CHAMPION trainer Paul Nicholls will not be the only one with split loyalties as a select field gallops to the first fence in Boxing Day’s King George VI Chase.
So, too, will Clive Smith – the businessman fortunate enough to own stablemates Kauto Star and Master Minded, two of steeplechasing’s all-time greats who clash for the first time today in their stellar careers.
Yet bloodstock agent Anthony Bromley, the man who discovered these two illustrious horses in France, can go further. He is also credited with purchasing Long Run, the reigning King George and Cheltenham Gold Cup victor whose colours were lowered so staggeringly by Kauto Star in last month’s Betfair Chase.
At least Bromley has a better chance of victory than most as steeplechasing’s ‘big three’ race each other for the first – and probably – only time, though Richard Johnson on the well-backed Captain Chris could cause an upset.
Bromley runs Highflyer Bloodstock with his long-standing friend David Minton. Their priority is to source the best horses for their many wealthy clients, and these include Long Run, Kauto Star and Master Minded.
Their extensive network of contacts across the English Channel attempt to inform them of bright prospects.
But it is no guarantee that Bromley backs the right horse, as last year’s King George proved when Kauto Star tried – and failed – to win the race for an improbable fifth successive time as Long Run prevailed for owner Robert Waley-Cohen and his amateur rider son Sam.
“Last year I picked Kauto Star and got that wrong. I’m really not a very good tipster,” Bromley admits. “I think the betting has got it just about right, but the Master Minded angle is a fascinating one.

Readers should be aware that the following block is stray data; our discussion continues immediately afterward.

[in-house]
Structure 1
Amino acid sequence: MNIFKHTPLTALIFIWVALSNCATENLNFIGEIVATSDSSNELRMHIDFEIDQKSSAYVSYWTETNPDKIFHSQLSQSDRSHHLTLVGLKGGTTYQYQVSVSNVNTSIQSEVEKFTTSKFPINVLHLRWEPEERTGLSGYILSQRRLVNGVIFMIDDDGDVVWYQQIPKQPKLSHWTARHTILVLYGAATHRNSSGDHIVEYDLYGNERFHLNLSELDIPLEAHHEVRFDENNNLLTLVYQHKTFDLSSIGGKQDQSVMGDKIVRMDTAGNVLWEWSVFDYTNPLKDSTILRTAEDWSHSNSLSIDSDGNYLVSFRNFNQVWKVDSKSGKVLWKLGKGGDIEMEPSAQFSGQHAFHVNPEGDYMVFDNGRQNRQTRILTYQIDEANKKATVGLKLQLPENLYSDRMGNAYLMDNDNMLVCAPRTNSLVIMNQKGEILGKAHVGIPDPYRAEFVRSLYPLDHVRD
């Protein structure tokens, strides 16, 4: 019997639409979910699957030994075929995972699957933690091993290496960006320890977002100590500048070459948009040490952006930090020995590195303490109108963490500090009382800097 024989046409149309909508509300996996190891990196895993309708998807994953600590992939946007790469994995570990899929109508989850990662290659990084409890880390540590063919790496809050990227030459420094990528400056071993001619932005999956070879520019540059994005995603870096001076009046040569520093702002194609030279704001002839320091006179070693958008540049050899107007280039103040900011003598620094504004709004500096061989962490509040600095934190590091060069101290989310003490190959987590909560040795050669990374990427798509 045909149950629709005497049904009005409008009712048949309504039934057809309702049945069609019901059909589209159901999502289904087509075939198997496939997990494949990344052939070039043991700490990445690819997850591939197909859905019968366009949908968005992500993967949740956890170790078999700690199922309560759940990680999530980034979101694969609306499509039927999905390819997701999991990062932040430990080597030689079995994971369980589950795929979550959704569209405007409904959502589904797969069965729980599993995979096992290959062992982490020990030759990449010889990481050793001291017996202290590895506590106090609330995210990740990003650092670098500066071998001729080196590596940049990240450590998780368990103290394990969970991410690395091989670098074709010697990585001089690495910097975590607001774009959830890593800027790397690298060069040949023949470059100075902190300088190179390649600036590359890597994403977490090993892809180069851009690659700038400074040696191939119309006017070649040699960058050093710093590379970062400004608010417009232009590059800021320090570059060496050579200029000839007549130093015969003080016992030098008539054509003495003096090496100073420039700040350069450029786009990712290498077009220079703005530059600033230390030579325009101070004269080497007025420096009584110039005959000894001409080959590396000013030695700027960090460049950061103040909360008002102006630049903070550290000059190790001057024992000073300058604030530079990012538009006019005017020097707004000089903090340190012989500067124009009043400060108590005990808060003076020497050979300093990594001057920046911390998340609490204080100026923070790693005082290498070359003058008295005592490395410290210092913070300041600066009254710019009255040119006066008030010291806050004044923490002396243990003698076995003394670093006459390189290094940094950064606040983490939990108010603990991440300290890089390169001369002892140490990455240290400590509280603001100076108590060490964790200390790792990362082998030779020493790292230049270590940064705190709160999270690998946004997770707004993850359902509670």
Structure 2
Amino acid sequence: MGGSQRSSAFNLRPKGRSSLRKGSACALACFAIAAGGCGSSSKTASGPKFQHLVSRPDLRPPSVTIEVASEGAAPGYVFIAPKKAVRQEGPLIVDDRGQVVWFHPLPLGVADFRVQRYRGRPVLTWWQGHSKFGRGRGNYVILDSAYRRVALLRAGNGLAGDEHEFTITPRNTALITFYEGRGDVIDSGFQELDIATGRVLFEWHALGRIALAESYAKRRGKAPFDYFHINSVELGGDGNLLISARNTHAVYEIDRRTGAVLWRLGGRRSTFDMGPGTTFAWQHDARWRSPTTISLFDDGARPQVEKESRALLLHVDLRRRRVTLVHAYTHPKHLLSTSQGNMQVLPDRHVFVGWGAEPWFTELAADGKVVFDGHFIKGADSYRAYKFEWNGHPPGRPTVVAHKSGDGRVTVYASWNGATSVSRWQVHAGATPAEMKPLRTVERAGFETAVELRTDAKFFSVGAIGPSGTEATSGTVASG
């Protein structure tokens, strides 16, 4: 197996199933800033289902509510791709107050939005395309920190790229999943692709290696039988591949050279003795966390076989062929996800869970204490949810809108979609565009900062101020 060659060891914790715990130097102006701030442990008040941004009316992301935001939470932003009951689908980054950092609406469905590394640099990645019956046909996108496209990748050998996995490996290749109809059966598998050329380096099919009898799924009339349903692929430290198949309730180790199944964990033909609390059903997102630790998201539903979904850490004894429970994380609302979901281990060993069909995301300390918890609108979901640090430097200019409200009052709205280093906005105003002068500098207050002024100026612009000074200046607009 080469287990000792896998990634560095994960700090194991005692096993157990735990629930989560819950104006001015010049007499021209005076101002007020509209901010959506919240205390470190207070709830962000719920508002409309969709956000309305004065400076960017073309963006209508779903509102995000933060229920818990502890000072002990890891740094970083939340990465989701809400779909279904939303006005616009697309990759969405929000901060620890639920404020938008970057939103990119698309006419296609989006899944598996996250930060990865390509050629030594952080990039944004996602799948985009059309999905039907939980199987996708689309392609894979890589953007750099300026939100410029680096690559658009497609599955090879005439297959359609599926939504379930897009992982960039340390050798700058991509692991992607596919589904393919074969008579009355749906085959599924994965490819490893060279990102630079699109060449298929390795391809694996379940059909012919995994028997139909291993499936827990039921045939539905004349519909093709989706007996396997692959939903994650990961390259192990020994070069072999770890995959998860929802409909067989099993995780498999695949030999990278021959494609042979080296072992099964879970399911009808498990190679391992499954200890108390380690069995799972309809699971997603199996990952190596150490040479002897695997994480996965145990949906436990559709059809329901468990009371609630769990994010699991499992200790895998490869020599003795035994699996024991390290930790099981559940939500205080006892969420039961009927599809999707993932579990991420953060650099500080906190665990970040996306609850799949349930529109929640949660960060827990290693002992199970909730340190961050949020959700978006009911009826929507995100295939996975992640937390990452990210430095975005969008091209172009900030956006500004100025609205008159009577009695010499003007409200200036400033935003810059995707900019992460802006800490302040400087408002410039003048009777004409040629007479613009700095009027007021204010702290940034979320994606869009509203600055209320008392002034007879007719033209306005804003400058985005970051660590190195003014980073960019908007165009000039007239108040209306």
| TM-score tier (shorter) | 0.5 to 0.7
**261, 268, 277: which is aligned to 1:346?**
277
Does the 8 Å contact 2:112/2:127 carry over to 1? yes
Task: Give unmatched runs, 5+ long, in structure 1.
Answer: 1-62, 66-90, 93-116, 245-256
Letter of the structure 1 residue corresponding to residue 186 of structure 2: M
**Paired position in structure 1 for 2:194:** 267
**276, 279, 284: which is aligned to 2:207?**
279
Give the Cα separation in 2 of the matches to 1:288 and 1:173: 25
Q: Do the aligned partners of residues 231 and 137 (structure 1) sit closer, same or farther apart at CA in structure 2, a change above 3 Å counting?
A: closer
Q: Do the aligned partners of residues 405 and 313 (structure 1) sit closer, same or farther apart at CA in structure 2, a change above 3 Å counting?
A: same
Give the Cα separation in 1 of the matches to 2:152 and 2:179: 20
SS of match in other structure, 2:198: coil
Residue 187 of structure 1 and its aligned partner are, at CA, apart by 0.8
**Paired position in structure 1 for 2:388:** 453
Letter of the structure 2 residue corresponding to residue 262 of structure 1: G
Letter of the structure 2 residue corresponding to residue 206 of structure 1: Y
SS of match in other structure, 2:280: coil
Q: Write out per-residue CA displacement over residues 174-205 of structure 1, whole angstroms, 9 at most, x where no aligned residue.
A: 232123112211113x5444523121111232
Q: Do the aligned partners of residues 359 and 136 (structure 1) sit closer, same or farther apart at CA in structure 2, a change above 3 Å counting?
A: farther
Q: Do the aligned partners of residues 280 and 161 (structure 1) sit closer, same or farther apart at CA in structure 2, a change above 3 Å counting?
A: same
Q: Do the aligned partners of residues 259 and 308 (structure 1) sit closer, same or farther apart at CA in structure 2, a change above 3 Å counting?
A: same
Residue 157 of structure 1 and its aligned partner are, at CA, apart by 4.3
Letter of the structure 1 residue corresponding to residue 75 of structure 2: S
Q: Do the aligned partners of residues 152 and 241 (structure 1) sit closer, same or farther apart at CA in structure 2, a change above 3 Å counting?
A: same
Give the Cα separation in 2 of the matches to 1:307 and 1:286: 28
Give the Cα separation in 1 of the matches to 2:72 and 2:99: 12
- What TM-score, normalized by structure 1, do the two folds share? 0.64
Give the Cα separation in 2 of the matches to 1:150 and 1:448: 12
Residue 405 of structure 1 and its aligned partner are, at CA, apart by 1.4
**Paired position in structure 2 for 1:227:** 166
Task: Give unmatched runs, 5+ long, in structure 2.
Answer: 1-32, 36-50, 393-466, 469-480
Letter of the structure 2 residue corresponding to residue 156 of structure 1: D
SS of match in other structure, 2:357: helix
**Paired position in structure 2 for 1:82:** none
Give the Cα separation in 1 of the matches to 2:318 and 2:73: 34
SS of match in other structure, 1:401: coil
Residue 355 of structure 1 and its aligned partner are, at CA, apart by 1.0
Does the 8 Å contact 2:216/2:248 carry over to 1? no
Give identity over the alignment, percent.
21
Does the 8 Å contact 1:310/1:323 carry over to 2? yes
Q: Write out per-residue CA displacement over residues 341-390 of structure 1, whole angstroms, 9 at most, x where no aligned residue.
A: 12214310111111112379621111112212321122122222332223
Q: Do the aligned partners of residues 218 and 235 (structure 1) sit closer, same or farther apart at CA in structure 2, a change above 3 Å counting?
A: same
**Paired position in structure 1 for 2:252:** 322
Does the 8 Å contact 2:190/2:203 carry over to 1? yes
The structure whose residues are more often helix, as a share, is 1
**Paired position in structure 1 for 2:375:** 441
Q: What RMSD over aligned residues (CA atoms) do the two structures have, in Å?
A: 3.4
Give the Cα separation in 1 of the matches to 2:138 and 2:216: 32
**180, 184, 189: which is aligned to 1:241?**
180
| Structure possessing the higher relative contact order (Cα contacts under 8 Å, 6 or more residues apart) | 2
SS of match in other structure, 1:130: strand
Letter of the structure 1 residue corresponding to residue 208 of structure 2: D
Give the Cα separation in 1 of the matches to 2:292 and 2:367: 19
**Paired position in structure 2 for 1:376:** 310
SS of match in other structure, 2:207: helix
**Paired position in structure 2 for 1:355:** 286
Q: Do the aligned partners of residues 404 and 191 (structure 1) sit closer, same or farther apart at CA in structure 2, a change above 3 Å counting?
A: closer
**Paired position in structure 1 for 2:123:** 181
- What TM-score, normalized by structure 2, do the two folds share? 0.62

“Possibly Long Run and Kauto Star want a stamina test, Master Minded will probably want a speed test, and with those two fighting it out at the front it may leave the hope that Master Minded could come through at the second-last or the last.
“I’m not quite sure Master Minded will stay, but I would have thought it’s worth a shot.
“I always thought he could be a King George horse when Kauto Star was finished, but, of course, Kauto hasn’t finished yet.”
Bromley has been impressed with the way the veteran Kauto Star has bucked the recent historical trend of French recruits burning out relatively young.
“It’s interesting,” he says. “In the modern-day era it started with a lot of (Martin) Pipe horses.
“Generally they had quite a good value but they’d had a lot of mileage in France at three and four before they came, so they did things as five-year-olds very quickly and shone brightly at five and six. It wasn’t just French horses, but it was because of the way they were trained at the time.
“I’ve been buying horses from France since 1997, and one of the first was Makounji for Robert-Waley-Cohen. We often bought a different kind of horse, we bought ones on the way up and they have gone to trainers who have nurtured them.
“The likes of Paul Nicholls and Nicky Henderson with Long Run have brought out the best in them.”
Bromley is astonished by Kauto Star’s consistency at the top. With career earnings in excess of £2m, this is the only NH horse to have won two separate Grade One prizes – the King George and Betfair Chase – on four occasions.
Add in two Cheltenham Gold Cups, and a Tingle Creek over two miles, and that is why many regard Kauto Star as the best chaser since Arkle and superior to Desert Orchid, another four-times King George hero whose jumping feats brought so much Christmas cheer to many.
“I think it’s different in this day and age, as there are no easy races any more and the programme is such that every race has to be a Grade One,” added Bromley.
“In the days of Wayward Lad in the 80s, he’d have had three or four penalty kicks in little races all over the place, probably half-fit and had a lovely time before Christmas.
“It’s harder now on a horse. Kauto Star must be fit for every run and it’s amazing how they’ve kept him going. To think he’s going in his sixth King George – it’s quite astounding.”